As we’ve noted before on HTW, Section 1031 of the IRC applies specifically and exclusively to real property used for business or investment purposes. Section 121, on the other hand, applies to primary residences, and can be utilized to eliminate substantial capital gain upon the sale of one’s property (up to $250,000 for single filers and $500,000 for married filing jointly). Though no taxpayer can use 1031 to exchange his primary residence, the tax code allows taxpayers to simultaneously utilize both of these sections in cases involving mixed use or dual use properties. In the 1031 industry, combining Section 121 and Section 1031 in this manner is commonly referred to as “split treatment.” In this article, we will discuss how this process of combining 121 and 1031 can be achieved.
Combining on the Sale
If a taxpayer has been living in a portion of the property he or she wishes to sell as part of a like-kind 1031 exchange, then the taxpayer may utilize 121 and 1031 on the sale. Suppose that the taxpayer owns a four-unit rental property and lives in one of the units; in this scenario, the taxpayer could sell the property, exclude up to 25 percent of the gain through the exclusion conferred by Section 121 and then defer recognition of up to 75 percent of the remaining gain by acquiring suitable replacement property as part of a 1031 exchange. Hence, in this example, the taxpayer would only be deferring whatever portion of the property is considered used for investment purposes.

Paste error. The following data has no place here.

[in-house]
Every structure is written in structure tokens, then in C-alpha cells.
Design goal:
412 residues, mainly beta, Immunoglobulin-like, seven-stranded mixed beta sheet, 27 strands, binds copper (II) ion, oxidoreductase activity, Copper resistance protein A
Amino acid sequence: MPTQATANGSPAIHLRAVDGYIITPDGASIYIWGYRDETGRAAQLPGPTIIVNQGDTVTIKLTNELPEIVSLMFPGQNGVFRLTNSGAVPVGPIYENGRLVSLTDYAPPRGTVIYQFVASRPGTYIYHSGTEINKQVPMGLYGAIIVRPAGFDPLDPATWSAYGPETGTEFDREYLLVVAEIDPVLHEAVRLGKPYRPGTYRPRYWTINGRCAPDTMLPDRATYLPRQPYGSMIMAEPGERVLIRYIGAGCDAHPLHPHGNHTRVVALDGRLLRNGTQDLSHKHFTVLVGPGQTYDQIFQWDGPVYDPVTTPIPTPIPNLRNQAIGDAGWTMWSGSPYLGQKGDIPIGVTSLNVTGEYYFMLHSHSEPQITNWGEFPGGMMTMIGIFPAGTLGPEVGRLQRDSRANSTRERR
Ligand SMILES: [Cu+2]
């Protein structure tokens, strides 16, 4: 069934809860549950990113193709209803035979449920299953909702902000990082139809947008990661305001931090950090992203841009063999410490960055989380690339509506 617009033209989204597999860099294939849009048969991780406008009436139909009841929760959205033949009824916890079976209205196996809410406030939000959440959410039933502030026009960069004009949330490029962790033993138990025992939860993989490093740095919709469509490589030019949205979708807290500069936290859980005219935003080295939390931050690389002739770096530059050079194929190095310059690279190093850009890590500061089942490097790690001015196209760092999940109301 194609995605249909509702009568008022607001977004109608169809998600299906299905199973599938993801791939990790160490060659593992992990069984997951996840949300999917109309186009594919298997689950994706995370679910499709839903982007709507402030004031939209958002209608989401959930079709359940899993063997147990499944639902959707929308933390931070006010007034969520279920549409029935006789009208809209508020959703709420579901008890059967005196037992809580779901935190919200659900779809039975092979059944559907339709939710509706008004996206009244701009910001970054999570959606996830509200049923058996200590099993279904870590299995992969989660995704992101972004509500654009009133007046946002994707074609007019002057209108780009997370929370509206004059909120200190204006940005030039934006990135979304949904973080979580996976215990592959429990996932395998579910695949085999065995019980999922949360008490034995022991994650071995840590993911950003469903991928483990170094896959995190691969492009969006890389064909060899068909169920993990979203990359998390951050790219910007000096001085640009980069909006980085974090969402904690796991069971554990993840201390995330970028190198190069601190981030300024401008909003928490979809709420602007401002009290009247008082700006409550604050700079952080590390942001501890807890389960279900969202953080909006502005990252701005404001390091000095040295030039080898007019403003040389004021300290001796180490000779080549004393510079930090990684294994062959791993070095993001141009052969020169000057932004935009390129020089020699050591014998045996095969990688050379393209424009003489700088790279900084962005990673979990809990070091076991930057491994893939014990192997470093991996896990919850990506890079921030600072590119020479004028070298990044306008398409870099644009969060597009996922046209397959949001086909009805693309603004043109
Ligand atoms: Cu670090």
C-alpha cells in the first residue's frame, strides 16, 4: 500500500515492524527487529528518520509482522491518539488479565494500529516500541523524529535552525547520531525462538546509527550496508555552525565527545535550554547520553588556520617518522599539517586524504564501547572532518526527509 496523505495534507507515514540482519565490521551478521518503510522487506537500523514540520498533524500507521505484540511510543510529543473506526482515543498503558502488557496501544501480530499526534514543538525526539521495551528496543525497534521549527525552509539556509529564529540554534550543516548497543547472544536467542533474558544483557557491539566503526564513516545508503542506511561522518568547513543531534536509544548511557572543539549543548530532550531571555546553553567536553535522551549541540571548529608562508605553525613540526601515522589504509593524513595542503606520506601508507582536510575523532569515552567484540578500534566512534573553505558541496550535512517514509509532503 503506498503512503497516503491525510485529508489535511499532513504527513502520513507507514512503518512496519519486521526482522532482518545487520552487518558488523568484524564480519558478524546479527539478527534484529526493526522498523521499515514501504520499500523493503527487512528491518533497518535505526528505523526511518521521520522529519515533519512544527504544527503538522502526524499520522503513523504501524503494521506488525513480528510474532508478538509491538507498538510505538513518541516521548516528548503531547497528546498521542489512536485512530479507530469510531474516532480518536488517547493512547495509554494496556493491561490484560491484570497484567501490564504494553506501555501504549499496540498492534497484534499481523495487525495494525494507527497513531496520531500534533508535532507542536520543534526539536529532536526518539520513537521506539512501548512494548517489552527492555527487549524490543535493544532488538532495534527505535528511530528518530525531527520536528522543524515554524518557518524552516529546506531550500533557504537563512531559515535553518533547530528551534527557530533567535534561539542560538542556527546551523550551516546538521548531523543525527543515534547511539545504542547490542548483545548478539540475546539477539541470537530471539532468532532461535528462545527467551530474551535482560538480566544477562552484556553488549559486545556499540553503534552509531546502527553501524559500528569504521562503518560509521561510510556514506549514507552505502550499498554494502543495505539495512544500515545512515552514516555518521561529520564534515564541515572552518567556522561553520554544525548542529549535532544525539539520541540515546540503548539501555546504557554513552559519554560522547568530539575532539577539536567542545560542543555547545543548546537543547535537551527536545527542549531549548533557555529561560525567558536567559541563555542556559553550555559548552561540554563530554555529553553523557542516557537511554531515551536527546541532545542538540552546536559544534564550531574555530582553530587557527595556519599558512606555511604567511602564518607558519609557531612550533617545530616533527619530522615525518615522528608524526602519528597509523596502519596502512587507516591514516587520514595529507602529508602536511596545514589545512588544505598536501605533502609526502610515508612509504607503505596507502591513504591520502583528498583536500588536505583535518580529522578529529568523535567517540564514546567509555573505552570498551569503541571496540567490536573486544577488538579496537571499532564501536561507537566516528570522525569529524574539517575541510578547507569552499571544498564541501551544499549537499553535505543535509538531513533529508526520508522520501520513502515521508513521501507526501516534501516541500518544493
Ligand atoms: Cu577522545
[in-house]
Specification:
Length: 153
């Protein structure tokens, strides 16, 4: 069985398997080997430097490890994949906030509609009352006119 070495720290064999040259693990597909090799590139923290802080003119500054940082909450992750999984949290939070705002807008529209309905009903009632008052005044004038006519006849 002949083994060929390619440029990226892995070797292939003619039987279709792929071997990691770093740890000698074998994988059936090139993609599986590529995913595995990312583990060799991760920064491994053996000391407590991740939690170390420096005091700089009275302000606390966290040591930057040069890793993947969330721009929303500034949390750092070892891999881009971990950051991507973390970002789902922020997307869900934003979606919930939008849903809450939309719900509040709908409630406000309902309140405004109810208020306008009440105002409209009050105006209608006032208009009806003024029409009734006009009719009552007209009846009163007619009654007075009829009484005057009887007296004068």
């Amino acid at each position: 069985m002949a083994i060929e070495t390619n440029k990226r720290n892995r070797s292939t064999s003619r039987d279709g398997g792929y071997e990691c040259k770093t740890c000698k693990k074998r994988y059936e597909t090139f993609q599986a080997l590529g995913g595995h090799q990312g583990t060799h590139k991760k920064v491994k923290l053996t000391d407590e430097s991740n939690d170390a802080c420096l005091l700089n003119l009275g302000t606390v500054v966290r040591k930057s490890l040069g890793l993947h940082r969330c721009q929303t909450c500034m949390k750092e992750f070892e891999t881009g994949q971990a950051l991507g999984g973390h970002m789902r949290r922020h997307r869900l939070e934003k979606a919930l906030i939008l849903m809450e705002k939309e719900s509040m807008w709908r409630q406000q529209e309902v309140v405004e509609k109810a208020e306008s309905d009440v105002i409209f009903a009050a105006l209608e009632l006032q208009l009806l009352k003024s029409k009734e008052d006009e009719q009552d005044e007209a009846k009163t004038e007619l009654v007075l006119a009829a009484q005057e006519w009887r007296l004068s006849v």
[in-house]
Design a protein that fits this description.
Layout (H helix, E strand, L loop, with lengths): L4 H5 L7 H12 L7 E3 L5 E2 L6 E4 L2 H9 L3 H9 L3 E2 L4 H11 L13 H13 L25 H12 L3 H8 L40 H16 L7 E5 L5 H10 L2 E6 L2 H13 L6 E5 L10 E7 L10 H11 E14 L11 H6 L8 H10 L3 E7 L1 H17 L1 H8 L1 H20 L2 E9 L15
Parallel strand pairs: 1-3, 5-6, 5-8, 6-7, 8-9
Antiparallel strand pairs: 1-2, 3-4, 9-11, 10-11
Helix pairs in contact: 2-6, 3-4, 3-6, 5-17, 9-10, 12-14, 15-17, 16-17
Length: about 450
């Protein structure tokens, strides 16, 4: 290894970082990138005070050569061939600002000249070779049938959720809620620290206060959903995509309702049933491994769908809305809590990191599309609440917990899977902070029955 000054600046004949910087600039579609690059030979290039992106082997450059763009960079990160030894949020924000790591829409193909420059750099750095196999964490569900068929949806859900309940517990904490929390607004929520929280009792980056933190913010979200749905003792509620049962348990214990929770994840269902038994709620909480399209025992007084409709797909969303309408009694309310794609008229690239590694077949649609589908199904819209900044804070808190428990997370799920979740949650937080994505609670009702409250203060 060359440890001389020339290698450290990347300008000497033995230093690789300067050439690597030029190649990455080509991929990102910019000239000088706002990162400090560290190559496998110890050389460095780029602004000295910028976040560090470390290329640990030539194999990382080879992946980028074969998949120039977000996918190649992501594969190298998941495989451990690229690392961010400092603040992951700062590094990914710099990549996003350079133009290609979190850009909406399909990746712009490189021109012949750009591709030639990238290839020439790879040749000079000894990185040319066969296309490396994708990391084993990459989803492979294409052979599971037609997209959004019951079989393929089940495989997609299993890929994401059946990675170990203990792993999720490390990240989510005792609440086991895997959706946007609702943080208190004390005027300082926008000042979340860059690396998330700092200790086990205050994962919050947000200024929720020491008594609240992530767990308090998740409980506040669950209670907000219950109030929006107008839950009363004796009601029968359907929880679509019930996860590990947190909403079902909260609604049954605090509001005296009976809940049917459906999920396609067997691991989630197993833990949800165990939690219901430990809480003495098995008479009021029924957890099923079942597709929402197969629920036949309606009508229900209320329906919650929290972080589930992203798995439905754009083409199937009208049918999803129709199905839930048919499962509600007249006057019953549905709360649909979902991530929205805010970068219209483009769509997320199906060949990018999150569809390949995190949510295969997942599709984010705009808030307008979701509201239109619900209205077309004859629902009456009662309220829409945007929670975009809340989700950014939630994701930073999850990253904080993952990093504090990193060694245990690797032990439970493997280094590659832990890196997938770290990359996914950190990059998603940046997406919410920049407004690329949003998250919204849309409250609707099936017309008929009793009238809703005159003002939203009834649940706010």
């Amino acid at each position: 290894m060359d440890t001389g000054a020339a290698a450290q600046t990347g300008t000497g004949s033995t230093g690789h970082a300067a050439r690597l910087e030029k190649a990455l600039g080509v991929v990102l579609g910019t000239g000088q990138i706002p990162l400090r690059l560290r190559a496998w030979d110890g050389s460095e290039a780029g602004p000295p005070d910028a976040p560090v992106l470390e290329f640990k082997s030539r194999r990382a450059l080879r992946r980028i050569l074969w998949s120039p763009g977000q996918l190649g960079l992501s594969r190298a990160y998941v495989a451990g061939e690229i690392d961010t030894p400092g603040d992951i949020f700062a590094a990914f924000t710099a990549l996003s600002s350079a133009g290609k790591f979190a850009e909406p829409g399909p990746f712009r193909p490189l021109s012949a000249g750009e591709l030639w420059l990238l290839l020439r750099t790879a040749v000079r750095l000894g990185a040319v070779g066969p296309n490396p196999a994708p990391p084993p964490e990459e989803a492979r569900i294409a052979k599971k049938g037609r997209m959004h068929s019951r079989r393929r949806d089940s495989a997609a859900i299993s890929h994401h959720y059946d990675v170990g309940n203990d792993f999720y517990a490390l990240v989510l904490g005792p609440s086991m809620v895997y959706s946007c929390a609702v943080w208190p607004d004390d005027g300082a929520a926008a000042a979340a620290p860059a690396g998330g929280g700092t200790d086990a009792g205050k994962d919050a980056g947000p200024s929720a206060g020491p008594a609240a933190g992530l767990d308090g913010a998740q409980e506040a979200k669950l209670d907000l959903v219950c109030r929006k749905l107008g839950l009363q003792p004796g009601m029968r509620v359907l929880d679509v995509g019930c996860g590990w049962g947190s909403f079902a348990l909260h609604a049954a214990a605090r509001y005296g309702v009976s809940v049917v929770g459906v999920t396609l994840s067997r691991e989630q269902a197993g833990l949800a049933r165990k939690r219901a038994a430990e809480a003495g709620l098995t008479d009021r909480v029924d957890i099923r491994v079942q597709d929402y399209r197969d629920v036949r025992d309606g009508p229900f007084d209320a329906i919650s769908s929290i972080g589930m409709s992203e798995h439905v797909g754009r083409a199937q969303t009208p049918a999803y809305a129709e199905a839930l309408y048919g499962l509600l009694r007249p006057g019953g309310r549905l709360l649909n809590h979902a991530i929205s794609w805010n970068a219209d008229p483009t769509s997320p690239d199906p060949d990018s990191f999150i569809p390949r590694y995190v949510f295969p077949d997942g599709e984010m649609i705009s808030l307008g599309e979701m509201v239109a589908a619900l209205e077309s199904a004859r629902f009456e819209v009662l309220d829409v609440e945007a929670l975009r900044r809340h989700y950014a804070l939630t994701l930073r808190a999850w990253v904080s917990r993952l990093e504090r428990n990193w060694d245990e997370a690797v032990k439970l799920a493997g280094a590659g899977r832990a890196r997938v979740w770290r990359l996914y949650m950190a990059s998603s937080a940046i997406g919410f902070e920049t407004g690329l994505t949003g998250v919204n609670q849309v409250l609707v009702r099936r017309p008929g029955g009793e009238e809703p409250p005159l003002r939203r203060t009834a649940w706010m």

Combining after a Conversion
Suppose a taxpayer acquires like-kind replacement property as part of an exchange but then wishes to convert the replacement property into a primary residence. Then, let’s further suppose that the taxpayer wished to sell the property outright after this conversion to a primary residence. In this scenario, the taxpayer would have benefitted initially from Section 1031 on the acquisition, but they would also be able to utilize Section 121 to exclude realized gain on the sale. Current regulations on converted property state that a taxpayer must own a property for a minimum of 5 years after completing a 1031 exchange in order to be eligible to use Section 121; what’s more, taxpayers must also live in the property as their primary residence for at least 2 years during that 5 year period.
Let’s illustrate this: suppose that a taxpayer exchanges into an investment property through a 1031 exchange and then moves into the property 2 years later. Suppose that the taxpayer lives in the property for 3 years and then decide to sell the property. The taxpayer could use Section 121 to potentially exclude up to $250,000 (if filing single), but he would only be able to exclude 3/5 of whatever gain is recognized on the sale. Even though the property would be classifiable as a “primary residence” at the time of sale, Section 121 could only offset a portion of the gain equal to the percentage of time spent living in the property.
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